Diphenoxylate

Drug Levels and Effects:




Summary of Use during Lactation:


No data exist on the use of diphenoxylate during breastfeeding. One expert panel considers diphenoxylate to be unacceptable during breastfeeding.[1] Based on its chemical and pharmacological similarity to narcotics, occasional small doses of diphenoxylate may be acceptable while breastfeeding an older infant, but alternatives are preferred, especially while nursing a newborn.


Drug Levels:


Maternal Levels.

Relevant published information was not found as of the revision date.

Infant Levels.

Relevant published information was not found as of the revision date.


Effects in Breastfed Infants:


Relevant published information was not found as of the revision date.


Possible Effects on Lactation:


Relevant published information was not found as of the revision date.


Alternate Drugs to Consider:


Loperamide


References:


1. Lewis JH, Weingold AB and the Committee of FDA-Related Matters, American College of Gastroenterology. The use of gastrointestinal drugs during pregnancy and lactation. Am J Gastroenterol. 1985;80:912-23. PMID:2864852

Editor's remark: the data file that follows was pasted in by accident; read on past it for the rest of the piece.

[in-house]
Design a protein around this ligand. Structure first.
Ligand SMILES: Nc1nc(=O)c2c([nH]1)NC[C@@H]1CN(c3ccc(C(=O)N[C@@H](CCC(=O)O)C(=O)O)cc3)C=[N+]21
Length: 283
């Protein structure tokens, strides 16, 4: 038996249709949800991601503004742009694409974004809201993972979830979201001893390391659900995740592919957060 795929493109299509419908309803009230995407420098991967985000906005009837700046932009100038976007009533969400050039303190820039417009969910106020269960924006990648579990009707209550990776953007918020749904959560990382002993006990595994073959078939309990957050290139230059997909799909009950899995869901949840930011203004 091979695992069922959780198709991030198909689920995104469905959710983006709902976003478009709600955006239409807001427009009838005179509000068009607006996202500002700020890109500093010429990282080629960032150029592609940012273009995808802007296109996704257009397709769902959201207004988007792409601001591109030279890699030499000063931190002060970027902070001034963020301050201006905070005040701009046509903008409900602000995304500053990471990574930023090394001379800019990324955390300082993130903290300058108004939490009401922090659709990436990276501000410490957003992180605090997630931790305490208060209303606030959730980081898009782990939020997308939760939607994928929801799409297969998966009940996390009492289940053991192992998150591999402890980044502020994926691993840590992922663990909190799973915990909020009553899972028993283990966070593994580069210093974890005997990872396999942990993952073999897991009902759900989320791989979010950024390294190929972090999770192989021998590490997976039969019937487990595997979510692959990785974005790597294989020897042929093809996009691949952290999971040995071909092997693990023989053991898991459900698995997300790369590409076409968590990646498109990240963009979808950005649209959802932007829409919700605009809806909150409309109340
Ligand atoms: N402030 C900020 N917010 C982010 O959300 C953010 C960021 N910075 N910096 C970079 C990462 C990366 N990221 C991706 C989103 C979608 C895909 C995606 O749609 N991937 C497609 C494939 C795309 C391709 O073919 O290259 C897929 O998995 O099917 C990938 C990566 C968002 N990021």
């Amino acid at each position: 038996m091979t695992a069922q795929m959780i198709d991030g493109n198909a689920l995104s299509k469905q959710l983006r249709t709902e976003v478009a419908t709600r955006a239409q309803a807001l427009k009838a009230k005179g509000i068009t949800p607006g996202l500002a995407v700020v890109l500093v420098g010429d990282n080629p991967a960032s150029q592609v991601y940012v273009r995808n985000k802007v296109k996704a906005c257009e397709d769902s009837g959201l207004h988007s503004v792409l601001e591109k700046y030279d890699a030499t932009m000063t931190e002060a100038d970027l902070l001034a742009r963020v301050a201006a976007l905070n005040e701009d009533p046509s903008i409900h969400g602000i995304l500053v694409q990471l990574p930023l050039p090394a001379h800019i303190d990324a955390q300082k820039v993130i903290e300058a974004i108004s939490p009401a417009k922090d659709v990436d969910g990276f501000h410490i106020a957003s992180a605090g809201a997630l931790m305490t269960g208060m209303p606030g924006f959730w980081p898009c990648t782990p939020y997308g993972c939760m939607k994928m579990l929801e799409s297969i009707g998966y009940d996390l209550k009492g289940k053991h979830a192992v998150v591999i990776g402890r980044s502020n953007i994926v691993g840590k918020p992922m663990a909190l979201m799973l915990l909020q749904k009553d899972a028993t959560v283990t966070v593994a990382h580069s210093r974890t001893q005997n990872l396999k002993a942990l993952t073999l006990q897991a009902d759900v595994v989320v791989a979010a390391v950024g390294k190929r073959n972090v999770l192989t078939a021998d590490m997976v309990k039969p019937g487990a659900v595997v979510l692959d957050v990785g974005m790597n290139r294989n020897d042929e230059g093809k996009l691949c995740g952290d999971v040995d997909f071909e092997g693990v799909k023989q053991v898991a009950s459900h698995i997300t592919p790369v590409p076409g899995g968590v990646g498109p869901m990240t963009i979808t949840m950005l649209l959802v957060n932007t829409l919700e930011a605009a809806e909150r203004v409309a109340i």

Substance Identification:




Substance Name:

Diphenoxylate

CAS Registry Number:

915-30-0

Drug Class:


  • Antidiarrheals

  • Gastrointestinal Agents

  • Narcotics


  • Administrative Information:




    LactMed Record Number:


    455


    Last Revision Date:


    Disclaimer:Information presented in this database is not meant as a substitute for professional judgment. You should consult your healthcare provider for breastfeeding advice related to your particular situation. The U.S. government does not warrant or assume any liability or responsibility for the accuracy or completeness of the information on this Site.